- stored personal information in plain text, without reasonable access controls or authentication protections;
- failed to assess risks to personal information on its network and databases – for example, by conducting periodic risk assessments or vulnerability and penetration testing;
- failed to have a procedure for inventorying and deleting consumers’ personal information when it was no longer needed; and
- failed to use tools to monitor for unauthorized attempts to move consumers’ personal information off the company’s network.
Count II of the complaint alleges that when SkyMed contacted consumers, the company violated the FTC Act by making statements about the results of its “investigation” without having the facts to back up what it said. In addition, the FTC challenges SkyMed’s use of that “HIPAA Compliance” seal. According to the complaint, the company falsely represented expressly or by implication that a government agency or third party had reviewed SkyMed’s information practices and determined they met HIPAA’s requirements.
The proposed settlement prohibits misrepresentations about how SkyMed secures consumer information, how it responds to data breaches, and whether the company has been endorsed by or participates in any government-sponsored privacy or security program. SkyMed also must contact affected consumers by email – this time with the straight story about the data exposed by the breach. In addition, the order requires that SkyMed implement a data security program subject to third-party assessments every other year and that a senior manager certify annually that the company is in compliance with the order. In the future, SkyMed must contact the FTC if it’s required to notify a federal, state, or local government that personal information has been breached or if a consumer’s individually identifiable health information has been accessed, acquired, or publicly exposed without authorization. Once the proposed order appears in the Federal Register, the FTC will accept public comments for 30 days.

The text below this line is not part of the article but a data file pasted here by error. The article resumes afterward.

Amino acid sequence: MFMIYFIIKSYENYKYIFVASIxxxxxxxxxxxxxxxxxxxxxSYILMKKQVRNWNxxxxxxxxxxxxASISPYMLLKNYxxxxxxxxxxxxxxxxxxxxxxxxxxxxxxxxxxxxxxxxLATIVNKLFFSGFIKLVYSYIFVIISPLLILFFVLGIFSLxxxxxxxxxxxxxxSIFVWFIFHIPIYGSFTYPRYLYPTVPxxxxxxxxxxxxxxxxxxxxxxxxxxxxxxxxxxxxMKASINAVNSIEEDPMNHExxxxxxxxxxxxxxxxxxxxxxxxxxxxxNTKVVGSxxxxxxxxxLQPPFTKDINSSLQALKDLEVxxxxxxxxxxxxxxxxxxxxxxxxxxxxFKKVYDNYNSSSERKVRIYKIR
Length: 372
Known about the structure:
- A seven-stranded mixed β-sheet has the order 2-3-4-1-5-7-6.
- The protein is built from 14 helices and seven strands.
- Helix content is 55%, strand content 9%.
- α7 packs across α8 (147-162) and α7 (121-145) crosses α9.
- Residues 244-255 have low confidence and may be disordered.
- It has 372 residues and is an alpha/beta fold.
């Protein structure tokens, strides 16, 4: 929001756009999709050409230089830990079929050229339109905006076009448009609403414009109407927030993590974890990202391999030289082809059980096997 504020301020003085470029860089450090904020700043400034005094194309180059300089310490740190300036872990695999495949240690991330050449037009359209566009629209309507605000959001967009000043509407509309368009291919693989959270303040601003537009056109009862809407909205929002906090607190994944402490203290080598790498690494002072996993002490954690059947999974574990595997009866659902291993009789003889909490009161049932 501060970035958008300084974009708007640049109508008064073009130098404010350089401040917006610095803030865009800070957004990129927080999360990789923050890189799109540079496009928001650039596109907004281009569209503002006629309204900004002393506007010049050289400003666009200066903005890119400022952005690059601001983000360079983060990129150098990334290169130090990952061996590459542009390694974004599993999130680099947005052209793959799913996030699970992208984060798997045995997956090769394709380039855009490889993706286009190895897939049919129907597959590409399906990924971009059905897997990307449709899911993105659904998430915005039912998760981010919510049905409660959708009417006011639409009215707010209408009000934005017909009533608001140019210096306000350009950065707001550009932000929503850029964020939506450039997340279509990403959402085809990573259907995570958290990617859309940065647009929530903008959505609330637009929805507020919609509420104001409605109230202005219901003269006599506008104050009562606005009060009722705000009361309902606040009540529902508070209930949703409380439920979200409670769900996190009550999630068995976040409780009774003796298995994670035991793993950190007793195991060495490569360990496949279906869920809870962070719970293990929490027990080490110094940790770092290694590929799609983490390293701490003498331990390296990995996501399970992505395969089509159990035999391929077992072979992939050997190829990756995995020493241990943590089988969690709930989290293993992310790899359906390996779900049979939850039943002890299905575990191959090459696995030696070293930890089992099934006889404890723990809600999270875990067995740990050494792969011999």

Here are some tips to take from the case.
Exercise particular caution with consumers’ health information. Don’t collect consumers’ health data without a legitimate business justification. But if you must maintain it, know what you have, know where you keep it, use reasonable measures to protect it, and securely dispose of it once that need is over. Also, the specifics of a complaint address the circumstances of just that case, but they can offer helpful insights in evaluating where you might want to reconsider your own procedures.
Falsely assuaging customer concerns post-breach can cause them to go from mad to worse. When notifying consumers about a data breach, candor counts. Accurately explain the circumstances and the consequences for consumers.
Sealed with amiss? Consumers usually aren’t in a position to evaluate a company’s information practices, which is why advertisers often display privacy- or security-related seals or certifications on their websites. Those aren’t just illustrations or buzzwords. They’re objective claims you need to substantiate. Furthermore, the Department of Health and Human Services – the government agency responsible for HIPAA enforcement – doesn’t certify companies or products as “HIPAA compliant.” Nor does it endorse or otherwise acknowledge private organizations’ purported certifications. The onus is on advertisers to ensure they’re not using imagery or text that falsely suggests government or third-party approval.